Using research and evidence to assist in transport policy
CSaP brought together a group of Cambridge early-career researchers and civil servants from the Department for Transport to discuss the role of evidence and expertise in making transport policy, with a focus on how it can influence health and wellbeing.
'It's fantastic to see you all here undertaking the crucial task of bridging the gap between academia and policy.'
Dame Athene Donald kicked of the day by extoling the virtues of academic research in policy, and David Prout (Director General for HS2, DfT) then described the relationship between three essential cornerstones of policy: Politics, Deliverability, and Public Value.
"[It was a] new experience for me to network with academics, which was really useful. A really well structured day and very enjoyable."
The first panel session of the day addressed the question 'What are the health and wellbeing impacts of transport planning?'
Professor Ian Bache, from the University of Sheffield, spoke about his experience in the What Works Centre for Wellbeing, which included interviewing stakeholders about how they conceived of wellbeing. He advised attendees that while wellbeing had begun as a diffuse concept, it was increasingly understood to be central to policy making, with schemes being evaluated on how they will contribute to individual happiness and communal cohesion as well as economic growth.
Dr Clemence Cavoli spoke about her work on identifying structural and conceptual gaps in how different data sets are collected across different Government departments. She explained that current differences in data collection on the impact of transport and health policies render joined-up, cross-departmental policy making difficult, and highlighted work that her team at UCL are doing to remove this barrier.
Dr Steve Melia, from the University of the West of England described the potential difficulties in interpreting research, and stressed the importance of evaluating the claims made against the evidence provided. He gave the example of some of the positive claims which have been made about Shared Space as a road design system, which he argued had been based on too small a sample size and had not taken environmental factors fully into account.
Dr Elisabete Silva from the University of Cambridge demonstrated the opportunities for improved transport policy afforded by dynamic simulation models. Sophisticated models, driven by big data, mean that government can now implement adaptive policies that effectively link up transport, health and wellbeing policies, and advised attendees to seek out and use these models in their work.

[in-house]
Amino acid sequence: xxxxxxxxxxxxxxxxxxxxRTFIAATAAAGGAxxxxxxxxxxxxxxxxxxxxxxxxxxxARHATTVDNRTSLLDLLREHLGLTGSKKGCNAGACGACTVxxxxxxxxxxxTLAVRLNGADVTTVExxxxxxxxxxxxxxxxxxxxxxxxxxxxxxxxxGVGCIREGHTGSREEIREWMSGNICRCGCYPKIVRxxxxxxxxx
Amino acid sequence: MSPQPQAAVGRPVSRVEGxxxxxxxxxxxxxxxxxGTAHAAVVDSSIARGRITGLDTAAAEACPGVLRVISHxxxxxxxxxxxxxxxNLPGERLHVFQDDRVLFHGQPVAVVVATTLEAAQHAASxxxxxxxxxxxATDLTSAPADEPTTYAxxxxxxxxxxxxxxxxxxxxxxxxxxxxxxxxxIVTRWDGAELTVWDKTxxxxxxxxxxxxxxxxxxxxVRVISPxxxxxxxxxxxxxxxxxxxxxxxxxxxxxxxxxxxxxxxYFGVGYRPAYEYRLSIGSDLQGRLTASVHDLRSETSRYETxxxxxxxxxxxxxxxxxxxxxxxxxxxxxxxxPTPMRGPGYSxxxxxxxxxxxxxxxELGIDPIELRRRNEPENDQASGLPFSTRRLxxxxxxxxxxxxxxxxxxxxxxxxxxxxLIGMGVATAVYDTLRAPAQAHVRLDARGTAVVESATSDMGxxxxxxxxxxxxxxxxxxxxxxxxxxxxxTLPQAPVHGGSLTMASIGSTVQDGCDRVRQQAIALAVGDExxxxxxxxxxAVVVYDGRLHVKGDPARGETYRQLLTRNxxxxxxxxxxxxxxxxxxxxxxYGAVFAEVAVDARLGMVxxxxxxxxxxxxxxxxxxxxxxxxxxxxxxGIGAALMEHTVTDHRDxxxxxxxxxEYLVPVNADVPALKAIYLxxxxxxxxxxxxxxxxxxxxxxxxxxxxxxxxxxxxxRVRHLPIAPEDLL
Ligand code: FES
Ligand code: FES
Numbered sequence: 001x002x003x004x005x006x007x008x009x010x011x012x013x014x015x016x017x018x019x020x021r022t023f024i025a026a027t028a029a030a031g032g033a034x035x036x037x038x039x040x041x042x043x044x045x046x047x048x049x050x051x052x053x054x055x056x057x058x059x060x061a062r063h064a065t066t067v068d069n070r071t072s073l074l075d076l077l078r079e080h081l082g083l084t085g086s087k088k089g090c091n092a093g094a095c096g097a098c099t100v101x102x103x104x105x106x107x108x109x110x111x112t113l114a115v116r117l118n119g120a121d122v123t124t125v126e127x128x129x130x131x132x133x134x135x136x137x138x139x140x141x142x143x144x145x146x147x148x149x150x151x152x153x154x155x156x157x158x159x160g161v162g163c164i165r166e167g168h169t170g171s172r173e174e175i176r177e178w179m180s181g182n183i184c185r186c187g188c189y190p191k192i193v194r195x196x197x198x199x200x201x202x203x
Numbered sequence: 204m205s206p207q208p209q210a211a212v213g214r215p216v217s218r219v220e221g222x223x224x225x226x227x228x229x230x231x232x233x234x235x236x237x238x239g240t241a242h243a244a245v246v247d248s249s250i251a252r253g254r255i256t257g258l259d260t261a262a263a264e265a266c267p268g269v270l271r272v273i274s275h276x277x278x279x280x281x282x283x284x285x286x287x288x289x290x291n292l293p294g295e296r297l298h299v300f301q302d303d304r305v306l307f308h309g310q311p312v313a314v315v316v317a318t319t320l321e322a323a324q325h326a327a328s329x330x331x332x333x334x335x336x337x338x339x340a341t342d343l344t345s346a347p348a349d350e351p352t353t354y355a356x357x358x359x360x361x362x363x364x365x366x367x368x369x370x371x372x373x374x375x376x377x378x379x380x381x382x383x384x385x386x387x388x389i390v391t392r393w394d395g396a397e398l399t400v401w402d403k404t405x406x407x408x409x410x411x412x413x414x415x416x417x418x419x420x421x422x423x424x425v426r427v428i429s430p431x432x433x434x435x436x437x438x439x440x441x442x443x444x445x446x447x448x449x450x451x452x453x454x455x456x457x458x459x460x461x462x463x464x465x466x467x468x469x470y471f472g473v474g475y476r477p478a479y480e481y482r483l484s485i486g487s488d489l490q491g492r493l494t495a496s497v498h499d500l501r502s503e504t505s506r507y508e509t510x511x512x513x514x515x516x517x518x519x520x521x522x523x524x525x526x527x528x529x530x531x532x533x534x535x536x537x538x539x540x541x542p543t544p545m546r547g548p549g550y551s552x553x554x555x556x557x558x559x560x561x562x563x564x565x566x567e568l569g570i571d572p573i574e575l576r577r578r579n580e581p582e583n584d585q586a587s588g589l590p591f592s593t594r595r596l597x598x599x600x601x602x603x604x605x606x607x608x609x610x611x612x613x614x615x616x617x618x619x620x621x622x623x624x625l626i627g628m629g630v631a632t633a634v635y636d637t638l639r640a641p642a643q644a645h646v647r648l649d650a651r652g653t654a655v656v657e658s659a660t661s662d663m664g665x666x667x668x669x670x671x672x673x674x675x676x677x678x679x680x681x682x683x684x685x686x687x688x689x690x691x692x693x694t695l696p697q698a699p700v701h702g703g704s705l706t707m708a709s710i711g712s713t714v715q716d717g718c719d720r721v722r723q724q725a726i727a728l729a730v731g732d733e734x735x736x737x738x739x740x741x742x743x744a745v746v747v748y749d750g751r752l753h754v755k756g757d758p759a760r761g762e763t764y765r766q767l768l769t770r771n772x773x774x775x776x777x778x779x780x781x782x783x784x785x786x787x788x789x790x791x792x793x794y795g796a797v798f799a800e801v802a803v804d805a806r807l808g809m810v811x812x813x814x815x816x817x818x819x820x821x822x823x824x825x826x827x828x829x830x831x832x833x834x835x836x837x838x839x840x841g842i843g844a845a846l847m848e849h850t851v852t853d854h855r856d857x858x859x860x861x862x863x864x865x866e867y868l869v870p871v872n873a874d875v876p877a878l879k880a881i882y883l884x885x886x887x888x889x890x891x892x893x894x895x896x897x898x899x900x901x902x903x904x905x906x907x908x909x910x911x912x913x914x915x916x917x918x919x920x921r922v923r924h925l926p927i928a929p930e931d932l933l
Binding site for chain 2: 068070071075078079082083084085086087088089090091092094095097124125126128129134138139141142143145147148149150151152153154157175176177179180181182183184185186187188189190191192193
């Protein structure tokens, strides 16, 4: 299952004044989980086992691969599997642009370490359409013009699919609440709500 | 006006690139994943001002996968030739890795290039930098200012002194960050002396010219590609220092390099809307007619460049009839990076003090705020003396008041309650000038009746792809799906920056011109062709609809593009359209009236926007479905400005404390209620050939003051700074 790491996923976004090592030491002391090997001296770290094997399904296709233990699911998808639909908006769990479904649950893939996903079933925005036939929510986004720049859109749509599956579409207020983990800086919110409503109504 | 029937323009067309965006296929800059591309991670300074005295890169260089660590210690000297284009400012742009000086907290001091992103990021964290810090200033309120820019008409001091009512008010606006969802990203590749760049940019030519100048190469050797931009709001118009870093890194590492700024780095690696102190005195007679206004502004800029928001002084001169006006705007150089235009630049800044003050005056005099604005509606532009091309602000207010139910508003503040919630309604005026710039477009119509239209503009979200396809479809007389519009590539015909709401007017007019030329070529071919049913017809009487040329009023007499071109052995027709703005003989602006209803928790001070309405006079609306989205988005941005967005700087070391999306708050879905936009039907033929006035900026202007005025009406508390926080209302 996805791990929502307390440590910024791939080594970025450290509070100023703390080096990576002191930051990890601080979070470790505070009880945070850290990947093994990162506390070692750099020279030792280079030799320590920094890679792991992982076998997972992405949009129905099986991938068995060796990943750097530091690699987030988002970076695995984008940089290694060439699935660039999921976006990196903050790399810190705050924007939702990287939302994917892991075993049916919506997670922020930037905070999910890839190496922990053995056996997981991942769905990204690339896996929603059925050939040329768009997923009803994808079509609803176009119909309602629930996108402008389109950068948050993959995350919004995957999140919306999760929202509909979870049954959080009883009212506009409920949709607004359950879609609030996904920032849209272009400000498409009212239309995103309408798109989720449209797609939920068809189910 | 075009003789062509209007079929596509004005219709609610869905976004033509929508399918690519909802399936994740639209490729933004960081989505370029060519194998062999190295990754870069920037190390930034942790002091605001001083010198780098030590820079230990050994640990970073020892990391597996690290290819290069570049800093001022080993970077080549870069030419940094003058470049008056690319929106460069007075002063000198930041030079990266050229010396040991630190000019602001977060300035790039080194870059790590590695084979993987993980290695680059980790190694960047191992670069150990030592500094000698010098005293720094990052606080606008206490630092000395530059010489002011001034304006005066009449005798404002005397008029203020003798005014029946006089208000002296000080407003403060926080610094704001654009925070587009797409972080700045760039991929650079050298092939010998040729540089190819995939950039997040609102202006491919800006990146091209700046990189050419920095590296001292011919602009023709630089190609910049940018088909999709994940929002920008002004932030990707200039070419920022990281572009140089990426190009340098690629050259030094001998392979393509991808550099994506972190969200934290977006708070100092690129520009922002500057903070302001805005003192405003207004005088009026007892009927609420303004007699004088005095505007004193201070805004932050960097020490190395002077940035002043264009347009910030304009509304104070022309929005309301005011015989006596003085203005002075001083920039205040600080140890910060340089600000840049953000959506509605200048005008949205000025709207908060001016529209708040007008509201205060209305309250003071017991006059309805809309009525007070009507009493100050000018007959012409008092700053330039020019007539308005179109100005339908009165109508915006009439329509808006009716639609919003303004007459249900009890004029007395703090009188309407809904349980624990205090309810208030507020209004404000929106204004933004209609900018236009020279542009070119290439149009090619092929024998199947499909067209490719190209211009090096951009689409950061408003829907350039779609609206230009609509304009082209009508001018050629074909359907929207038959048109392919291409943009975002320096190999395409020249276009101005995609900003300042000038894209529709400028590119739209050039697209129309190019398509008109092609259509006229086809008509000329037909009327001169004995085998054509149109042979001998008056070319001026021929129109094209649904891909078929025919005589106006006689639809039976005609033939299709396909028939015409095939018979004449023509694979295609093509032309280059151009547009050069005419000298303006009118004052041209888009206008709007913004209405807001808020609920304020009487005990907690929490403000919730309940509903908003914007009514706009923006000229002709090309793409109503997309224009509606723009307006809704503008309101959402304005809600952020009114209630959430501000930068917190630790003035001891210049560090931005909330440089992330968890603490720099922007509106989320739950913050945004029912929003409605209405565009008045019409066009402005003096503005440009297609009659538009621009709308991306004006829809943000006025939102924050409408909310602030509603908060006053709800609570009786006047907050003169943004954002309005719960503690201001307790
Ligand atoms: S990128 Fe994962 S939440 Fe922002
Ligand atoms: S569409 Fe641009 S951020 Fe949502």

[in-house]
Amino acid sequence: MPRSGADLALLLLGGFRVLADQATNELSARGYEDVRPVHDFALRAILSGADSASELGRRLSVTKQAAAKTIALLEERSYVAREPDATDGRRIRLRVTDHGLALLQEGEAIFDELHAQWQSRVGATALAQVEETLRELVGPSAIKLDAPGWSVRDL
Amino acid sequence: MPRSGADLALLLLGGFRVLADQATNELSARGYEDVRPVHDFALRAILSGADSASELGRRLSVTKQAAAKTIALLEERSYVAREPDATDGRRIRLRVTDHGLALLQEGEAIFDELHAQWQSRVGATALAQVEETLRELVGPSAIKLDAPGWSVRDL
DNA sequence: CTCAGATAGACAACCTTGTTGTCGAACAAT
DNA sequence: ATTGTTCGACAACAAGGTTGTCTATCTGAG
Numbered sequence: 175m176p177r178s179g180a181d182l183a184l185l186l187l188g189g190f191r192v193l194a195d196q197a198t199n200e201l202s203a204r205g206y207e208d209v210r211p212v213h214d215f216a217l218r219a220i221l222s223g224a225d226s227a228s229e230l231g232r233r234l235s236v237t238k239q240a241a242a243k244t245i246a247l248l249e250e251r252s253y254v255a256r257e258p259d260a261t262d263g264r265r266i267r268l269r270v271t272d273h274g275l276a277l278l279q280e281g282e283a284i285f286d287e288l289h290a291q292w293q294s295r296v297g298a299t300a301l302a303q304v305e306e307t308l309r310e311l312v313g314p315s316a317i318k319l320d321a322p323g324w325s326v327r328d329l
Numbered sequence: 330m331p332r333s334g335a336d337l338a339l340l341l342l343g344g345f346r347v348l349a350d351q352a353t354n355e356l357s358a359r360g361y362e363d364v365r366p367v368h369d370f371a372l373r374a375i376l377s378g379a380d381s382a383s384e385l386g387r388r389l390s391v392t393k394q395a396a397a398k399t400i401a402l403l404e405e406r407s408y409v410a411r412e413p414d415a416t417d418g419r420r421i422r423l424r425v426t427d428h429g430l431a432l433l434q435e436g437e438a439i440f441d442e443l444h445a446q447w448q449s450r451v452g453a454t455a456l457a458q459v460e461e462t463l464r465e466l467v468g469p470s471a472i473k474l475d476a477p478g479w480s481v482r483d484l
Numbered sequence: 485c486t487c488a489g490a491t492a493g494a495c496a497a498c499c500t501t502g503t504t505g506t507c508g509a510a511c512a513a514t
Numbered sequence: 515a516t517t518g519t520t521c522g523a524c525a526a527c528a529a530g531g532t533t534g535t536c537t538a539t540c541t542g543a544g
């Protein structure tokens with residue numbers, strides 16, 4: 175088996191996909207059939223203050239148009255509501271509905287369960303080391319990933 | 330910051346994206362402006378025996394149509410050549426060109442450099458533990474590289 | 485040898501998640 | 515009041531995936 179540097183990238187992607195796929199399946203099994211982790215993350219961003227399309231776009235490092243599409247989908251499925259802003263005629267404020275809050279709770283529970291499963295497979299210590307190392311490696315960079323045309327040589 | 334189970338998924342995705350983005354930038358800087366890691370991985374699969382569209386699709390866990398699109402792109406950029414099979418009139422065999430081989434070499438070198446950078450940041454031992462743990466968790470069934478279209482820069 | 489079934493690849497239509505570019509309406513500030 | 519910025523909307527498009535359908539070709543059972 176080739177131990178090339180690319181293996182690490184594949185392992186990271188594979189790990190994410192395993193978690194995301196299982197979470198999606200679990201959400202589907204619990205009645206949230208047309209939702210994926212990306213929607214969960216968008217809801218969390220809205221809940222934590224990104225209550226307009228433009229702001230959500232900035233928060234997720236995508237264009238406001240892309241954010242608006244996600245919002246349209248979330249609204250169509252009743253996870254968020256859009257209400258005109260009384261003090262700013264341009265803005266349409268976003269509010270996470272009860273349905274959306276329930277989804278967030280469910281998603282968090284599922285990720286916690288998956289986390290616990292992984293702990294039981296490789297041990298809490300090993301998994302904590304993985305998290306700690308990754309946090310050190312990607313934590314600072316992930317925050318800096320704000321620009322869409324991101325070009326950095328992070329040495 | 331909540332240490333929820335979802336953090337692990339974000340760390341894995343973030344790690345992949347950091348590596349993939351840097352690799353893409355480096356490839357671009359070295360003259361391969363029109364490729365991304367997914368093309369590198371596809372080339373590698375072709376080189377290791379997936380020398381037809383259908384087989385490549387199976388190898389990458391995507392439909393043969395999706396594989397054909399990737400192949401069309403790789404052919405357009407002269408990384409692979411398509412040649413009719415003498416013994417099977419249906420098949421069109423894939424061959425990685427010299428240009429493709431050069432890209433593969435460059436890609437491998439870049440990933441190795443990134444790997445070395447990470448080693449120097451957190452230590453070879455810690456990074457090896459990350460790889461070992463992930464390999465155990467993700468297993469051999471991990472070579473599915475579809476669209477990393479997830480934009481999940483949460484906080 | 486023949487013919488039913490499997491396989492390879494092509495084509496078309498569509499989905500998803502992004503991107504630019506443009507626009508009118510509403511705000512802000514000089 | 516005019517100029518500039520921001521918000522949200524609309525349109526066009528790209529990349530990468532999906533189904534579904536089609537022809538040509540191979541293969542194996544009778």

"[I wanted to] increase my knowledge in how policy decisions are taken and the role that scientific evidence has on shaping them. This was made clear throughout the day."
The second speaker session was on 'How Policy makers make the best use of evidence in policy making'
Andrea Lee from the Department of Health spoke about the complexity of the policy making process, and the need for evidence input at all stages. She advised attendees to think about the strength of the evidence base for the different areas in which they were working, and use this to qualify the advice they supplied to policy makers.
Bruce McVean from Transport for London explained his organisation's role in improving health. He explained how putting a monetary value on health benefits using tools such as HEAT and SART help make the case when it comes to policy formation.
Victoria Robb from the Treasury talked about the wellbeing factors involved in large scale transport projects. Using Wallasea Island, a wildlife reserve built with the material from the excavations for Crossrail, as a case study of a project that had gone well, she explained how evidence must be embedded early in the process, draw on existing guidance and fit into existing frameworks, such as the Treasury's Green Book. She also stressed the importance of constructing a good narrative (e.g. giving politicians the chance to pose with wildlife!).
Dr Katie Hunter drew on her work as a public health consultant to explain the importance of reducing car use for improving health outcomes. In politically difficult areas such as this, she argued for the importance of infographics and other attractive and clear forms of communication as part of making a convincing pitch to policy makers.
"[The day was a] perfect balance between info and discussion. [The] group task [was] very valuable."
The delegates then divided into groups to address a hypothetical policy issue, in an exercise designed to give them a taster of how ministers are briefed and policy decisions taken. They were asked to evaluate three proposals and, bearing in mind transport and public health considerations, recommend one to the ‘minister’ (played by Dr Julian Huppert). Most of the teams opted for a guided busway option, which led to a lively discussion of the benefits and drawbacks of this form of infrastructure.
A final group discussion followed, covering a host of issues around evidence in transport, health and wellbeing policy, as well as broader issues around policy making and communication.
(Banner image c/o tokyoform via Flickr)